According to Nock, this is the largest reservoir of information ever collected about the everyday life of people with suicidal thoughts.
The team is particularly interested in the days leading up to suicide attempts, which would allow time to intervene. Some signs are already recognizable: Although suicidal thoughts usually do not change in the period leading up to a suicide attempt, the ability to resist these impulses seems to be diminishing. Something simple—sleep deprivation—seems to be contributing.
Nock has been looking for ways to study these patients since 1994, when he had an experience that profoundly affected him. During an internship in the UK, he was assigned to a closed unit for victims of violence and self-harm. There he saw things he had never seen before: Patients had cuts on their arms. One of them ripped out his eyeball. A young man he was friends with who appeared to be on the mend later turned up in the Thames.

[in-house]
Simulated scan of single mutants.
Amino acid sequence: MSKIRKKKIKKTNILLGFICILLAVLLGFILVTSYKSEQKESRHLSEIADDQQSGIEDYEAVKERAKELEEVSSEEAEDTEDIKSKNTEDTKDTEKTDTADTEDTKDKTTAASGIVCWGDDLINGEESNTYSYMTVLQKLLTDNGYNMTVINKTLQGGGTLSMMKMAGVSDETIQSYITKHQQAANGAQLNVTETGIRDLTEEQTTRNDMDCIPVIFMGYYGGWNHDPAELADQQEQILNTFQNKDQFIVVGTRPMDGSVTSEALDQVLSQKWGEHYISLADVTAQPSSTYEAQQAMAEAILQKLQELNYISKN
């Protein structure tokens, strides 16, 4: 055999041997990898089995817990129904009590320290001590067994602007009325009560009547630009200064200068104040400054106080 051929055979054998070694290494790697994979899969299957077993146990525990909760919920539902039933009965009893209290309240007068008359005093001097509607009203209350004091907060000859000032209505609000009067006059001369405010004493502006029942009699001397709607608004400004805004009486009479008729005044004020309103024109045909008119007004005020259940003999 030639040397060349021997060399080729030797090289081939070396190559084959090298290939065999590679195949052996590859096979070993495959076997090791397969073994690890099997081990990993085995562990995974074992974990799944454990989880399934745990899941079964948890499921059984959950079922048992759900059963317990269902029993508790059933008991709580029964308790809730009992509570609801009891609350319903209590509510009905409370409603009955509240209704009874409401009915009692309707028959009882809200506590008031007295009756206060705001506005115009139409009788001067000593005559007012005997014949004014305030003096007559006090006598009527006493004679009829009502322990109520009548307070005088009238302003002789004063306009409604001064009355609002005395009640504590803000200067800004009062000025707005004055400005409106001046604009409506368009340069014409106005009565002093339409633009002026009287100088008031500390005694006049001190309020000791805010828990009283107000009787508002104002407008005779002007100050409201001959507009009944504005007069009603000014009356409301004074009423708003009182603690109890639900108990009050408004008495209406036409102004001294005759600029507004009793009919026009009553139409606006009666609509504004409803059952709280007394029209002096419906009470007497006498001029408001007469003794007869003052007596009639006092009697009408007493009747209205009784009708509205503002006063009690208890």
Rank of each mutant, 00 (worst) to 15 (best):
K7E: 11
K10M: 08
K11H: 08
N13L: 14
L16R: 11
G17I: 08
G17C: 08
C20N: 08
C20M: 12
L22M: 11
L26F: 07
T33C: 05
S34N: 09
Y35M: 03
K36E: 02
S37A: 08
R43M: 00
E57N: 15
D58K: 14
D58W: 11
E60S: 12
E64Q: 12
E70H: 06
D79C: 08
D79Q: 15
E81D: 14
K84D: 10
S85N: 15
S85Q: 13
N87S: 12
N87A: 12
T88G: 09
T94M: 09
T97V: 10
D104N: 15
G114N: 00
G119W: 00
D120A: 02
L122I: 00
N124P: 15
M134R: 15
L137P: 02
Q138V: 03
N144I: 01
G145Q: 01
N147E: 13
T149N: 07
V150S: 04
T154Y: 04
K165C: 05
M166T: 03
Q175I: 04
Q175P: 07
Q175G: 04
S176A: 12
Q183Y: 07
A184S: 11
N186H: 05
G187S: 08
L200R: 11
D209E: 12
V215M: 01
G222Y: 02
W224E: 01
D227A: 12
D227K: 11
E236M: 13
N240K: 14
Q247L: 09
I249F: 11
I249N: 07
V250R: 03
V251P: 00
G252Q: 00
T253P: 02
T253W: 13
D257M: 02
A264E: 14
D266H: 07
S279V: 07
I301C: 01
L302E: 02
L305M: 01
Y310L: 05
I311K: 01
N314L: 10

Another surprise came when he began bombarding the doctors with questions about the treatment of these patients and realizing how little they knew: He recalls being told, “We give them medicine, we talk to them and we hope that they are better.”
One reason, he concluded, was that it has never been possible to screen large numbers of people with suicidal thoughts in the same way we can screen patients with heart disease or tuberculosis. “Psychology hasn’t progressed as far as other sciences because, for the most part, we got it wrong,” he explained. “We didn’t look for any important behavior in nature, nor did we go out to observe it.”
But with the advent of phone apps and wearable sensors, he added, “We have data from many different channels, and we have increasing ability to analyze that data and observe people as they live.” One of the study design dilemmas was what to do when participants expressed a strong desire to harm themselves. Nock decided that they should intervene.
Telling the truth to a computer
It was around 9 p.m., a few weeks into the six-month study, when the question popped up on Cruz’s cell phone: “Right now, how strong is your desire to kill yourself?”